Dominique is a national student health expert, and was previously the Director of the University of Bristol Students’ Health Service for 7 years (2010-2017). In 2017 she was part of the working group that produced the landmark report on the state of the nation’s student wellbeing and the Universities UK framework for universities, #stepchange Mental Health in Higher Education.
‘Excellence’ is an integral part of university marketing and strategy. In fact, you would be hard pushed to find a UK university that did not allude to its attributes or achievements without also referring to ‘excellence’. It is of course entirely understandable that academic institutions should wish to highlight their drive, ambition and universal high standards, but it is worth reflecting on the fact that these stratospheric aspirations, to be excellent in all their endeavours, heaps pressure on the members of the university, both staff and students. These aspirations in turn fuel the rising levels of perfectionism in students creating a potential mental health time bomb.
Recent research has clearly demonstrated a shift towards higher levels of perfectionism in students in the UK, US and Canada over the last 3 decades. Teachers are also starting to tell us that they are seeing this trend extend into the classroom.
What is perfectionism?
Nobody likes to make mistakes. It’s human nature to find them awkward, embarrassing or upsetting. Perfectionism takes this unsettling reaction to the next level. Perfectionism can be defined by an abnormal or overreaction to mistakes, a genuine fear of failure that is intolerable, catastrophising and driving the person to work harder and harder, in an attempt to avoid or correct potential mistakes. To be considered ‘clinical’ perfectionism, it has to have a negative impact on your day to day life. This exhausting need to attain perfection, with the accompanying guilt and self-criticism if you don’t, is partly what is behind the recent increase in mental health issues occurring in our young population.
Are perfection and mental health issues linked?
Setting oneself high standards should be a part of academic life, of course, but an ability to learn from mistakes and bounce back from these is also key to success (and human survival!). Trying to attain high standards should not come at the cost of relationships, social connections and physical health (for example from lack of sleep). When such high standards feel out of reach one can become anxious, tearful, angry or irritable. This may spiral towards depression, or, in an attempt to regain control over part of one’s life, a person may develop eating disorder symptoms, micromanaging their calorie intake or exercise, as that, at least, remains in their control.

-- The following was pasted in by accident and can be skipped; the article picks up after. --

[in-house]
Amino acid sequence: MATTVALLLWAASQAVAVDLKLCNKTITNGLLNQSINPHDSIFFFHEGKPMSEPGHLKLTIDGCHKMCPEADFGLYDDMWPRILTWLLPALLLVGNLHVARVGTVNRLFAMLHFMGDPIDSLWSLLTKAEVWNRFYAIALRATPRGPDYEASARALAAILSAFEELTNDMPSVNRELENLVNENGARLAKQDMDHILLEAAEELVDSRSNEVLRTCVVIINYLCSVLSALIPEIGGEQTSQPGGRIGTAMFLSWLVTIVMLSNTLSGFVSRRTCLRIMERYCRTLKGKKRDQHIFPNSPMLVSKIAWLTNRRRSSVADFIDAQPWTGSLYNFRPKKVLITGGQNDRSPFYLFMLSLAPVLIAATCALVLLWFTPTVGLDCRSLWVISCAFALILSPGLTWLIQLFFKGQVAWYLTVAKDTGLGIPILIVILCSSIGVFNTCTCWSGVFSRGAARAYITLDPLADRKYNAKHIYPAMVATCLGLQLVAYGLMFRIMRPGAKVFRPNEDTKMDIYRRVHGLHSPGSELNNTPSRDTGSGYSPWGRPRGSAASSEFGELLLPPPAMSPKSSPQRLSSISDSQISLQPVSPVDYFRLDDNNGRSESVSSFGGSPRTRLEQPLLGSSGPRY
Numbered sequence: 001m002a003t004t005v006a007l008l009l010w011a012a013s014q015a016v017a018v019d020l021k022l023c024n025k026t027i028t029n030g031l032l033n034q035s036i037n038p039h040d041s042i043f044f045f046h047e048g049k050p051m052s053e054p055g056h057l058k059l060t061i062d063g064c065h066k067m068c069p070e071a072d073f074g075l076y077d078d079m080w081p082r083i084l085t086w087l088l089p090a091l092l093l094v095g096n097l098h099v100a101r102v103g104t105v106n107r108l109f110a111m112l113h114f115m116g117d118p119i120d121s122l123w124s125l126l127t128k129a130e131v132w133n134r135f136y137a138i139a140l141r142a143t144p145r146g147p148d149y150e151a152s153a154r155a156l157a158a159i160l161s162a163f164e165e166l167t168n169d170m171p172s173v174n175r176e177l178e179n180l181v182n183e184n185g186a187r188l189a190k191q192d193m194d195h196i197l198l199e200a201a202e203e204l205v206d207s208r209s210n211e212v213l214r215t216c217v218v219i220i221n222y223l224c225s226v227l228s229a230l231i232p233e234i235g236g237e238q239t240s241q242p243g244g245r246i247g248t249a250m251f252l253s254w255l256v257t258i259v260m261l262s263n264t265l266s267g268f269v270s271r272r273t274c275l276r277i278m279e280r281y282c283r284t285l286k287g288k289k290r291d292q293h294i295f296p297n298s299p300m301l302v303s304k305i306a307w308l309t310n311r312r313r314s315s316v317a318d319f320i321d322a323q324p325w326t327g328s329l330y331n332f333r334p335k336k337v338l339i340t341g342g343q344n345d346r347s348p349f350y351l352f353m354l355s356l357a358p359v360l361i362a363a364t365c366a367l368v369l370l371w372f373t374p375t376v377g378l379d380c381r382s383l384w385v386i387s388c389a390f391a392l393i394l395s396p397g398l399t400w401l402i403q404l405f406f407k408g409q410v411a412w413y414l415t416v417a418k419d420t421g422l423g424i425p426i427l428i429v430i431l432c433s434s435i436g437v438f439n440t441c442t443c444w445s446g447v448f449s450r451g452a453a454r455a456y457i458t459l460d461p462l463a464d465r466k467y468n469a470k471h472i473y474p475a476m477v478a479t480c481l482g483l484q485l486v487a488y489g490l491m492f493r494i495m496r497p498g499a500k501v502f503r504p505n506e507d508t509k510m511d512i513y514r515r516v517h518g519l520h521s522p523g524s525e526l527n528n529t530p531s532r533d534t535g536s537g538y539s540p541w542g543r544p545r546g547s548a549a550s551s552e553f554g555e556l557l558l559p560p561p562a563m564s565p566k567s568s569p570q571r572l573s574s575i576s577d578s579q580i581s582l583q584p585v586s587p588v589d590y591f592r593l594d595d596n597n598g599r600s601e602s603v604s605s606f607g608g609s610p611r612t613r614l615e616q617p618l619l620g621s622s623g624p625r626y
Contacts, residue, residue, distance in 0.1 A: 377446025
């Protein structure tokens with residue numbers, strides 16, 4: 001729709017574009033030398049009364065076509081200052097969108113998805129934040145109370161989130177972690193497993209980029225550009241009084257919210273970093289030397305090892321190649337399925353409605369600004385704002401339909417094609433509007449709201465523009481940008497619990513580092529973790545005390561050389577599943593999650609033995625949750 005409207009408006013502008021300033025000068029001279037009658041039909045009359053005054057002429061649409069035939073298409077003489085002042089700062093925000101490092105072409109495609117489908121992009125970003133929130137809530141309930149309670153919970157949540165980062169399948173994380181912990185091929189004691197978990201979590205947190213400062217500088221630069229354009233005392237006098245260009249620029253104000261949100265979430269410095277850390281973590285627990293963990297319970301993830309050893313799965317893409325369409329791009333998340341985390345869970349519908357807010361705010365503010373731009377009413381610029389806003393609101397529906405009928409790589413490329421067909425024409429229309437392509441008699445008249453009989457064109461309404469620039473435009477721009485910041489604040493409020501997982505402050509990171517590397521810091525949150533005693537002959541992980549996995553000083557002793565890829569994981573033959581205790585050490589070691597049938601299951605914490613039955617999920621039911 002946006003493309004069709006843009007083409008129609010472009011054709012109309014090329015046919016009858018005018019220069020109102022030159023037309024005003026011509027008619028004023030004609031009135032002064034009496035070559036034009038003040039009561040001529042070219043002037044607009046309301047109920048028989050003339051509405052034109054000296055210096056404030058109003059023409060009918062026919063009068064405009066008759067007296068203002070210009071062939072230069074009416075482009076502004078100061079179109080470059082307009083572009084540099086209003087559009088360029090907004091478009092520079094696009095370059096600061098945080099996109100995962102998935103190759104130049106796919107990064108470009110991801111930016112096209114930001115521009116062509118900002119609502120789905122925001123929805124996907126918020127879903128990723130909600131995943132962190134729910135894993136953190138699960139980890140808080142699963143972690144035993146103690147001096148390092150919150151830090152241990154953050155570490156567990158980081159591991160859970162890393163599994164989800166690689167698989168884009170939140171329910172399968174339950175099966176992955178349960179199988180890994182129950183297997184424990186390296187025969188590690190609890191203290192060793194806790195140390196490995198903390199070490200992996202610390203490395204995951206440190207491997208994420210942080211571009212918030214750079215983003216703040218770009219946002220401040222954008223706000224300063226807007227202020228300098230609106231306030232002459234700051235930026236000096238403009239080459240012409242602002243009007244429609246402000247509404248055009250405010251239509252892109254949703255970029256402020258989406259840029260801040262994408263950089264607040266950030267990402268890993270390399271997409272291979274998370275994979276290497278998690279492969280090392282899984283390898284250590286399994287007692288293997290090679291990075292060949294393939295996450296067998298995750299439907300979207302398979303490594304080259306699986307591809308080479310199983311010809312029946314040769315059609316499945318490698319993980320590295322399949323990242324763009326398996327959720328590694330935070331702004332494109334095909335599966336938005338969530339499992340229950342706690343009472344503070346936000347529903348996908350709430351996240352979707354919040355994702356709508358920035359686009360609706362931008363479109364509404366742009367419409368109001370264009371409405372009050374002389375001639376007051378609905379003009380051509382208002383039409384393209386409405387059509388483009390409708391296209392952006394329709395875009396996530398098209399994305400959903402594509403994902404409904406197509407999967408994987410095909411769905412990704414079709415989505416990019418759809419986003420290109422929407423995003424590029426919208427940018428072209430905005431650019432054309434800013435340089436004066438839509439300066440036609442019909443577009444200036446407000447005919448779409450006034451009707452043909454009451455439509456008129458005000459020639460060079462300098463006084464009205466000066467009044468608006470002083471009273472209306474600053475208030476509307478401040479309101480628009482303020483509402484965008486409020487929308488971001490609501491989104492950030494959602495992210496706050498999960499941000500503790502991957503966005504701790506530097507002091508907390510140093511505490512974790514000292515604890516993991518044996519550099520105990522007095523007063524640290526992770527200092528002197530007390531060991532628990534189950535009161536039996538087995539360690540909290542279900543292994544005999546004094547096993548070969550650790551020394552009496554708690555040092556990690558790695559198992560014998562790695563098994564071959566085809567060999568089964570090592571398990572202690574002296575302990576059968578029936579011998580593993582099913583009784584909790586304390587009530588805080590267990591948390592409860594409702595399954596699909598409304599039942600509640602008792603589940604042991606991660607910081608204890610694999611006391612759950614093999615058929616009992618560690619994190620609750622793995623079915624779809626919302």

It is normal to want to protect ourselves from embarrassment or discomfort. Our brains are wired to avoid distress, but if we are to challenge this significant generational rise in damaging levels of perfectionist behaviour, and therefore reduce its negative impact on young people’s wellbeing, we need to intervene at a young age. Building confidence and self-esteem, and learning from mistakes will be key skills for children to discover at school, reducing the drive to be perfect or self-criticise, without reducing ambition.
Understanding the difference between healthy high standards and perfectionism will benefit young people at a time when society is increasingly competitive and target focussed. If we fail as a society to address the perfectionism, or the factors driving and reinforcing it, such as excessive parental criticism or control, or constant comparison with others, then we will fail our younger generation. They might potentially take cognitive enhancing (‘smart’) drugs in an effort to keep up, and mental health issues will continue to rise. Society will be the poorer for it, creatively, economically and socially.
Be YOUR best, not THE best!
A good starting point for universities might be to reassess the emphasis on ‘excellence’ in all things and ensure that the message is framed better and more realistically for a sustainable and fulfilling work-life balance for their students (and staff!). It may be more realistic and productive for students to focus on being the best they can be in one or two areas of their lives, without stressing that they have to be world class at everything. If academic staff and tutors in particular can model good behaviour around this issue, then the students will learn healthy and resilient strategies, which they will in the future model in turn.
Providing context, reliable information, skills and advice to students and young people so that they can recognise unhealthy perfectionist traits, and know what steps to take, along with trustworthy mental health knowledge is a good start in our pursuit of greater wellbeing for all students.
Dr Dominique Thompson is the Lead Advisor for Epigeum’s Being Well, Living Well collaboration. This project will produce an interactive online toolkit to boost student wellbeing with practical skills and coping strategies to embed positive behaviours. Find out how your institution can get involved here.